December 01, 2016

11/30: Student Privacy, Equity, Digital Literacy Newsletter

Student Privacy, Equity,
and Digital Literacy Newsletter

Week Fifteen: November 30, 2016
The Youth and Media team at the Berkman Klein Center for Internet & Society and the Data & Society Research Institute are proud to bring you this Student Privacy, Equity, and Digital Literacy newsletter on a bi-weekly basis. If you have suggestions or reflections, please send them our way—thanks for reading!
Student Data Privacy
Should Sexual Orientation Be Excluded from Student Records?
A new Texas State bill gives parents the right to access all written student records, including information about their children’s physical and mental health. The bill states that educators must share “general knowledge” about the child with their parent as it relates to attendance records, test scores, grades, disciplinary records, counseling records, psychological records, admissions applications, health and immunization information, teacher & school counselor evaluations, & behavioral patterns, and other records relating to the child's well-being. Although the bill does not specifically state that information regarding sexual orientation must be disclosed, critics fear that the bill will force teachers to “out” LGBTQ students due to its provision that if an educator withholds general knowledge about a student from the parent, they may face disciplinary action. The author of the bill, Senator Konni Burton, has issued a statement that the bill is intended to strengthen the partnership between school employees and parents and that fears of students being outed are unfounded.
Happenings. This Washington Post article details areas of uncertainty in student data privacy in light of the presidential election. The California Student Privacy Alliance, which grew out of the work of the California Educational Technology Professionals Association (CETPA), is working to establish common data privacy standards that could be used for California school district contracts with vendors. The Center for Data Innovation hosted a discussion about how data can be used to transform the U.S. education system, highlighting the benefits of a data-driven approach and discussing potential challenges; a full video of the recording is located here. This article details the common types of evidence that edtech companies use to show efficacy. ISTE has announced the team of external ed tech experts that will be collaborating to create a new version of the ISTE Standards for Teachers. Parents petitioned a Massachusetts school district to revise its 5-year program of monitoring students’ heart rates to determine a PE grade. University campuses are turning from physical keys to smart cards to have more secure and convenient access to campus facilities.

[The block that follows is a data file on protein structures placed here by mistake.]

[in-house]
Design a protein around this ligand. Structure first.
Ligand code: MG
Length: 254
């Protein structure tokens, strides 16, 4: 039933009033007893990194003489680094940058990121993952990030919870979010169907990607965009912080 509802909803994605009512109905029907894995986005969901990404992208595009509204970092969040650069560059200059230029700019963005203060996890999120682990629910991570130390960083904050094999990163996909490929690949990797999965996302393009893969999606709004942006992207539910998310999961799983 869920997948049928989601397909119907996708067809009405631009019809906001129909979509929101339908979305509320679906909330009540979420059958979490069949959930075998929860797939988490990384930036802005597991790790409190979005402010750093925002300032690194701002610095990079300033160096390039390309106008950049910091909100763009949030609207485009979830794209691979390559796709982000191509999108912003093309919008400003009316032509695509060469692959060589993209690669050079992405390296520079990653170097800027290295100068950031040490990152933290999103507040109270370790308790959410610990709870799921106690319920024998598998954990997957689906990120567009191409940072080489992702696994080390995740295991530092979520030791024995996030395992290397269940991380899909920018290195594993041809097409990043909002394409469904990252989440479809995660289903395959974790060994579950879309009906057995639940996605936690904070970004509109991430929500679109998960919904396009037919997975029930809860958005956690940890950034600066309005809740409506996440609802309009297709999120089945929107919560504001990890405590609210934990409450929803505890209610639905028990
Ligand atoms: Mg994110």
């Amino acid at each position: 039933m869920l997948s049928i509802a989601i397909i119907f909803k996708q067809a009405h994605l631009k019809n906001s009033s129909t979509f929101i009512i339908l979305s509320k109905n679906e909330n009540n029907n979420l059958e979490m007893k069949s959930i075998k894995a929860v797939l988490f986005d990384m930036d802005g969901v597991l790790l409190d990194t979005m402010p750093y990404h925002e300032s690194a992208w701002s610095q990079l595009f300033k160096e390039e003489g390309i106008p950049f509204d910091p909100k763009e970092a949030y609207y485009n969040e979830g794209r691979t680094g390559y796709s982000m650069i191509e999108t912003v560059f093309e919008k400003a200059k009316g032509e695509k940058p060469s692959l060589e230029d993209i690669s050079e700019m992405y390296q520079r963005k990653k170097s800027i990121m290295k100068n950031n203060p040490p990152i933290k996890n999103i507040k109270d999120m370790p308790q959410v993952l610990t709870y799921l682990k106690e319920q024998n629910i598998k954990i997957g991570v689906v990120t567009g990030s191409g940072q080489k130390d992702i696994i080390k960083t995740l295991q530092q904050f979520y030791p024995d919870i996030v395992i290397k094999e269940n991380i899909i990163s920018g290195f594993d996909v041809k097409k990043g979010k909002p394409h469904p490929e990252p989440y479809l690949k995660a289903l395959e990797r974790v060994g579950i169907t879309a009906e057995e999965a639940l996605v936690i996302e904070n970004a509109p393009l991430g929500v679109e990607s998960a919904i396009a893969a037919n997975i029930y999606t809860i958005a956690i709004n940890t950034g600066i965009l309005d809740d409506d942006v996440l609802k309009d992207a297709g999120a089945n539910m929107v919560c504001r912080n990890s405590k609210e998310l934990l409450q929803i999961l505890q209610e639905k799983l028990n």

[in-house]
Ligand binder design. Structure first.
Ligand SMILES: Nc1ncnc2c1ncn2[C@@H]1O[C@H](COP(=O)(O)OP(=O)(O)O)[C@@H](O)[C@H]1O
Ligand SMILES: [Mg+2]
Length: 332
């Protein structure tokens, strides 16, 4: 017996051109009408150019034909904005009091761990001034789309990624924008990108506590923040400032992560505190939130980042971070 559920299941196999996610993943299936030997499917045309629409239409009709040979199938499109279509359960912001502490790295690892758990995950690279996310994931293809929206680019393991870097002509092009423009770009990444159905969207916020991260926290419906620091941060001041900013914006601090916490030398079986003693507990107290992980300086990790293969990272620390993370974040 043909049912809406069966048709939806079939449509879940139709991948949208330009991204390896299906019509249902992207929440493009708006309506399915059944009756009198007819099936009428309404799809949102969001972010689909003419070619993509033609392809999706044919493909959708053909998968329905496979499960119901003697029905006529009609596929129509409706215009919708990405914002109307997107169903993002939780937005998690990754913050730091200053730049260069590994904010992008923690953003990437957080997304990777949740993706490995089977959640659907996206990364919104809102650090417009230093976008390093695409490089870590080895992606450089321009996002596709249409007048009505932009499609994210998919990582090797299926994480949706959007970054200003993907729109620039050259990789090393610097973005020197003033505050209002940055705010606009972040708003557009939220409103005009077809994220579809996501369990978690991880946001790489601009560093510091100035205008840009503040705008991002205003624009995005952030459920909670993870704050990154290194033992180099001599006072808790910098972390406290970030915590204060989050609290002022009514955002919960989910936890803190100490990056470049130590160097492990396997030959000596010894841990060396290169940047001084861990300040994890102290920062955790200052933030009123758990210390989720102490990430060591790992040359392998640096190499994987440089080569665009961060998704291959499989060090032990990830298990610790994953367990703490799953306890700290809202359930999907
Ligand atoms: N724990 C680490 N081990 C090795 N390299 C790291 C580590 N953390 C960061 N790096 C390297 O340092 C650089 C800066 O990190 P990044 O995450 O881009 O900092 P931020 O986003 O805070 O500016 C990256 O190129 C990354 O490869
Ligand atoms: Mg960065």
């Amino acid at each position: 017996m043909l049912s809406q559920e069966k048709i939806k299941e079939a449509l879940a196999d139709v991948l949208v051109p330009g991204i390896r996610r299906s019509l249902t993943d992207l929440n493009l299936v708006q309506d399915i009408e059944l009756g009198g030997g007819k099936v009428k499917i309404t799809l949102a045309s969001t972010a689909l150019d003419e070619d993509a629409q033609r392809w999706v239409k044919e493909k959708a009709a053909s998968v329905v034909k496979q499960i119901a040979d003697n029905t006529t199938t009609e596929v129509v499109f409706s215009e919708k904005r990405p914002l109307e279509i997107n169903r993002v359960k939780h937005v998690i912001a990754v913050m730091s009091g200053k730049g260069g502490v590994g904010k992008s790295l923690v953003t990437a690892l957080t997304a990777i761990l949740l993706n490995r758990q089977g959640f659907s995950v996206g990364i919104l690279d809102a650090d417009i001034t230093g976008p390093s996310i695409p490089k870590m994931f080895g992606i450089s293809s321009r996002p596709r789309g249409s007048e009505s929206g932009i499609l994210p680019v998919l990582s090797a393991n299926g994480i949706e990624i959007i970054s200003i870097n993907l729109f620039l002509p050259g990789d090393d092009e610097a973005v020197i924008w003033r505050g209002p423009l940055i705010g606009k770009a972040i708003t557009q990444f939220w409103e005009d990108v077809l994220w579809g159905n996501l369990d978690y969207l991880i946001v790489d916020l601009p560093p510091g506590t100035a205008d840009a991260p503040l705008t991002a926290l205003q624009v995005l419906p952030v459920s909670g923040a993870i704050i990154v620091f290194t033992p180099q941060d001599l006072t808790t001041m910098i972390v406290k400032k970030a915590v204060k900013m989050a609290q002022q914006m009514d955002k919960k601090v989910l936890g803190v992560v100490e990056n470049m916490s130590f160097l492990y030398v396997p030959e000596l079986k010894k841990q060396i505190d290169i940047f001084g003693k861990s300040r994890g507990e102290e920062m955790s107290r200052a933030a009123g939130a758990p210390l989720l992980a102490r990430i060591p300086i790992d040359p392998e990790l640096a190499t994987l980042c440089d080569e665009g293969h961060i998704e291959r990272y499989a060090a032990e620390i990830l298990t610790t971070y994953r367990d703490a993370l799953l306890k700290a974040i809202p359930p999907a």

Data & Equity
Social Media Surveillance
The Southern Poverty Law Center reports over 200 incidents of harassment and intimidation across the country since the election. These incidents raise particular concerns about safety for students as a number of hateful incidents have occurred in K-12 and college campuses. Increased attention to these incidences has revealed inefficient mechanisms for tracking hate crimes in the U.S. The Young Adult Library Services Association is developing tools and resources for supporting youth safety and improving respectful engagement. Members of Trump’s presidential transition team have indicated he may reduce the role of the Department of Education’s Office for Civil Rights in state and local policies. This could potentially impact action on school-discipline disparities and instances of discrimination in schools, transgender students’ rights, and more. Effort needs to be made to accurately and reliably track occurrences of hate-based interactions to understand how our political climate and other factors have impacted the number of hate crimes in the U.S.

Literacy Among Incarcerated Adults
The National Center for Educational Statistics has released the results of the US PIAAC Survey of Incarcerated Adults, which measures literacy, numeracy, and problem solving in technology-rich environments. Over 50% of incarcerated adults lack basic numeracy skills, and nearly a third lack basic literacy skills. U.S. Department of Education Secretary John B. King expressed concern that a lack of education and vocational training programs in prison reduces future opportunities for prisoners once they have served their time and increases the likelihood of recidivism.

Happenings. A study of approximately 10,000 high-school sophomores, their parents, and teachers, reveals differences in how math and English teachers communicate with parents from different racial, ethnic, and immigrant backgrounds. Among the findings is that teachers are much more likely to reach out to black and Latino parents regarding behavioral problems than they are white ones. A new report from Data & Society Research Institute reveals that young adults under 30, especially young women, and LGBT individuals are much more likely to experience and witness online harassment, and suffer negative effects.